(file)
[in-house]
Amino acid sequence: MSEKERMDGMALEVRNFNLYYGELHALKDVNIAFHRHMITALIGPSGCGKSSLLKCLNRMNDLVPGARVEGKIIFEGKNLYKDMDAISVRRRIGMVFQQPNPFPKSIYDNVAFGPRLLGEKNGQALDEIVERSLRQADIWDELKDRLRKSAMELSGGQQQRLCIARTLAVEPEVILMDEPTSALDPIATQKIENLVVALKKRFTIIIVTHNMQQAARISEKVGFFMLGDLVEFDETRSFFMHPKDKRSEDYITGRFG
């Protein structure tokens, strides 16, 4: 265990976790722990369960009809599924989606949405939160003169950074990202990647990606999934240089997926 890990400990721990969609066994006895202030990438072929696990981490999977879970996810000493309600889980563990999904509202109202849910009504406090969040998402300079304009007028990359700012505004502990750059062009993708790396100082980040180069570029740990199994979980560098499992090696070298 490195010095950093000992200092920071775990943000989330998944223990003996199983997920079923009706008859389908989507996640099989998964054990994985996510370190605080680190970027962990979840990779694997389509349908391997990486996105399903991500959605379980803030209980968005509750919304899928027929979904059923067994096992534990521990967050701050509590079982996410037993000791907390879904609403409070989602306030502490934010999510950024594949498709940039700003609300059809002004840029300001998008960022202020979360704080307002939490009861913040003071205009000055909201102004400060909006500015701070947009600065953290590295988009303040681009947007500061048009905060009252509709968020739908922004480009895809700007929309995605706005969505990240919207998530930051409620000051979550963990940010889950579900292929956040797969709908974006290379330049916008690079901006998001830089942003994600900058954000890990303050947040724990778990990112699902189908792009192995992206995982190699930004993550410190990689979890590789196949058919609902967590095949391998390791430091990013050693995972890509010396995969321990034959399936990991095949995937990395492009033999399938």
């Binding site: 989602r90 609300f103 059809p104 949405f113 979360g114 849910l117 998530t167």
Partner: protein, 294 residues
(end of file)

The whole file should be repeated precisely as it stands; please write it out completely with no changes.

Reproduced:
[in-house]
Amino acid sequence: MSEKERMDGMALEVRNFNLYYGELHALKDVNIAFHRHMITALIGPSGCGKSSLLKCLNRMNDLVPGARVEGKIIFEGKNLYKDMDAISVRRRIGMVFQQPNPFPKSIYDNVAFGPRLLGEKNGQALDEIVERSLRQADIWDELKDRLRKSAMELSGGQQQRLCIARTLAVEPEVILMDEPTSALDPIATQKIENLVVALKKRFTIIIVTHNMQQAARISEKVGFFMLGDLVEFDETRSFFMHPKDKRSEDYITGRFG
């Protein structure tokens, strides 16, 4: 265990976790722990369960009809599924989606949405939160003169950074990202990647990606999934240089997926 890990400990721990969609066994006895202030990438072929696990981490999977879970996810000493309600889980563990999904509202109202849910009504406090969040998402300079304009007028990359700012505004502990750059062009993708790396100082980040180069570029740990199994979980560098499992090696070298 490195010095950093000992200092920071775990943000989330998944223990003996199983997920079923009706008859389908989507996640099989998964054990994985996510370190605080680190970027962990979840990779694997389509349908391997990486996105399903991500959605379980803030209980968005509750919304899928027929979904059923067994096992534990521990967050701050509590079982996410037993000791907390879904609403409070989602306030502490934010999510950024594949498709940039700003609300059809002004840029300001998008960022202020979360704080307002939490009861913040003071205009000055909201102004400060909006500015701070947009600065953290590295988009303040681009947007500061048009905060009252509709968020739908922004480009895809700007929309995605706005969505990240919207998530930051409620000051979550963990940010889950579900292929956040797969709908974006290379330049916008690079901006998001830089942003994600900058954000890990303050947040724990778990990112699902189908792009192995992206995982190699930004993550410190990689979890590789196949058919609902967590095949391998390791430091990013050693995972890509010396995969321990034959399936990991095949995937990395492009033999399938």
């Binding site: 989602r90 609300f103 059809p104 949405f113 979360g114 849910l117 998530t167």
Partner: protein, 294 residues